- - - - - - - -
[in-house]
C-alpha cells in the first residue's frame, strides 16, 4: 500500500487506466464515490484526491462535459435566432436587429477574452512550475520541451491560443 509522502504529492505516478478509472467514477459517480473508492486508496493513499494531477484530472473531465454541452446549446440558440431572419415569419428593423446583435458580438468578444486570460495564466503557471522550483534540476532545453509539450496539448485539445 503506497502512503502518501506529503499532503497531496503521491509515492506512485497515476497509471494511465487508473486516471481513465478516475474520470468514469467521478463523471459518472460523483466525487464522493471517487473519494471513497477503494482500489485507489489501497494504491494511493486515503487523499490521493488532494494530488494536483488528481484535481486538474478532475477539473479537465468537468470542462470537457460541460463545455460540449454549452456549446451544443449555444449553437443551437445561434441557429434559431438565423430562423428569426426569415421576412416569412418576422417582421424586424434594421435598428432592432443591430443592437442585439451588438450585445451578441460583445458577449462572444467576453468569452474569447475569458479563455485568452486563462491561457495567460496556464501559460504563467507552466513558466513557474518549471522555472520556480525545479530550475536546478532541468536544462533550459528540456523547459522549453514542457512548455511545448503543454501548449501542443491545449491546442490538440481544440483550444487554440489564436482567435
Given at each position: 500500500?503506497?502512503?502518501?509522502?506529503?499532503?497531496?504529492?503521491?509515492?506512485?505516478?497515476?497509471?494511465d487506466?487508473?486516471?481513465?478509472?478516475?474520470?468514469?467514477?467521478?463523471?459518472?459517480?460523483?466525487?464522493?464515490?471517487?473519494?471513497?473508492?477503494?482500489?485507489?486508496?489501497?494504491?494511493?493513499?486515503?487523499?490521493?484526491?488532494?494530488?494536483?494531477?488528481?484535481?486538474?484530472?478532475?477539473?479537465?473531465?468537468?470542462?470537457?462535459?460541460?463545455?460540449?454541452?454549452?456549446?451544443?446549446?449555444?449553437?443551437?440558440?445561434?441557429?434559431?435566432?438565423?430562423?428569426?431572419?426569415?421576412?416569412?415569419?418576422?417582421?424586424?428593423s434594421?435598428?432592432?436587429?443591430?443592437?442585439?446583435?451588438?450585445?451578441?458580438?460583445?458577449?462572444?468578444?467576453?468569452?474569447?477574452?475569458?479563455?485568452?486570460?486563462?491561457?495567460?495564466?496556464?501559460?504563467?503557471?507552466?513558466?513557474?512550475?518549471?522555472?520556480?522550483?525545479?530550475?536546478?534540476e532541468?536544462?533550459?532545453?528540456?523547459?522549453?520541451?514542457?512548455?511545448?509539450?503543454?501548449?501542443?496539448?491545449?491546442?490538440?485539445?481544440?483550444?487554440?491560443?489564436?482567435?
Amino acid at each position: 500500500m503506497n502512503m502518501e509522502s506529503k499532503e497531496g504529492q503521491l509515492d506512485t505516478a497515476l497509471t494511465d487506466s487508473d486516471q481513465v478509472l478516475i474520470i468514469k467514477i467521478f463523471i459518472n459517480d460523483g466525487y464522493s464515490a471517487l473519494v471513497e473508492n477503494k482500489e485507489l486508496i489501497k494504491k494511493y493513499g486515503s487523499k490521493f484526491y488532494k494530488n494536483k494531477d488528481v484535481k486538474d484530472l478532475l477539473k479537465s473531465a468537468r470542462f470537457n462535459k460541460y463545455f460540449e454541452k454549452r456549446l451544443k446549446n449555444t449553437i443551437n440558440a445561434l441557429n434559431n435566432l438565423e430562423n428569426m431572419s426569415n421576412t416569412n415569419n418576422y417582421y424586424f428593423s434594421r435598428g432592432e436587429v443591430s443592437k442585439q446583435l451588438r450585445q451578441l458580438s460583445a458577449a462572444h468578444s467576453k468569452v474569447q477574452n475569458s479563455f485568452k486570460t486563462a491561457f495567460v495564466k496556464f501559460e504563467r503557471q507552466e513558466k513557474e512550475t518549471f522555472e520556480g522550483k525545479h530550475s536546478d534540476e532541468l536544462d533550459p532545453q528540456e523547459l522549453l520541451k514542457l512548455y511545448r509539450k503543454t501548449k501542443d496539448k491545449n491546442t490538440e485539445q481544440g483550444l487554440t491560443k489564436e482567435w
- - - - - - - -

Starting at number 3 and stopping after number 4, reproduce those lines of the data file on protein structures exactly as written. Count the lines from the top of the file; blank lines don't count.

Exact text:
Given at each position: 500500500?503506497?502512503?502518501?509522502?506529503?499532503?497531496?504529492?503521491?509515492?506512485?505516478?497515476?497509471?494511465d487506466?487508473?486516471?481513465?478509472?478516475?474520470?468514469?467514477?467521478?463523471?459518472?459517480?460523483?466525487?464522493?464515490?471517487?473519494?471513497?473508492?477503494?482500489?485507489?486508496?489501497?494504491?494511493?493513499?486515503?487523499?490521493?484526491?488532494?494530488?494536483?494531477?488528481?484535481?486538474?484530472?478532475?477539473?479537465?473531465?468537468?470542462?470537457?462535459?460541460?463545455?460540449?454541452?454549452?456549446?451544443?446549446?449555444?449553437?443551437?440558440?445561434?441557429?434559431?435566432?438565423?430562423?428569426?431572419?426569415?421576412?416569412?415569419?418576422?417582421?424586424?428593423s434594421?435598428?432592432?436587429?443591430?443592437?442585439?446583435?451588438?450585445?451578441?458580438?460583445?458577449?462572444?468578444?467576453?468569452?474569447?477574452?475569458?479563455?485568452?486570460?486563462?491561457?495567460?495564466?496556464?501559460?504563467?503557471?507552466?513558466?513557474?512550475?518549471?522555472?520556480?522550483?525545479?530550475?536546478?534540476e532541468?536544462?533550459?532545453?528540456?523547459?522549453?520541451?514542457?512548455?511545448?509539450?503543454?501548449?501542443?496539448?491545449?491546442?490538440?485539445?481544440?483550444?487554440?491560443?489564436?482567435?
Amino acid at each position: 500500500m503506497n502512503m502518501e509522502s506529503k499532503e497531496g504529492q503521491l509515492d506512485t505516478a497515476l497509471t494511465d487506466s487508473d486516471q481513465v478509472l478516475i474520470i468514469k467514477i467521478f463523471i459518472n459517480d460523483g466525487y464522493s464515490a471517487l473519494v471513497e473508492n477503494k482500489e485507489l486508496i489501497k494504491k494511493y493513499g486515503s487523499k490521493f484526491y488532494k494530488n494536483k494531477d488528481v484535481k486538474d484530472l478532475l477539473k479537465s473531465a468537468r470542462f470537457n462535459k460541460y463545455f460540449e454541452k454549452r456549446l451544443k446549446n449555444t449553437i443551437n440558440a445561434l441557429n434559431n435566432l438565423e430562423n428569426m431572419s426569415n421576412t416569412n415569419n418576422y417582421y424586424f428593423s434594421r435598428g432592432e436587429v443591430s443592437k442585439q446583435l451588438r450585445q451578441l458580438s460583445a458577449a462572444h468578444s467576453k468569452v474569447q477574452n475569458s479563455f485568452k486570460t486563462a491561457f495567460v495564466k496556464f501559460e504563467r503557471q507552466e513558466k513557474e512550475t518549471f522555472e520556480g522550483k525545479h530550475s536546478d534540476e532541468l536544462d533550459p532545453q528540456e523547459l522549453l520541451k514542457l512548455y511545448r509539450k503543454t501548449k501542443d496539448k491545449n491546442t490538440e485539445q481544440g483550444l487554440t491560443k489564436e482567435w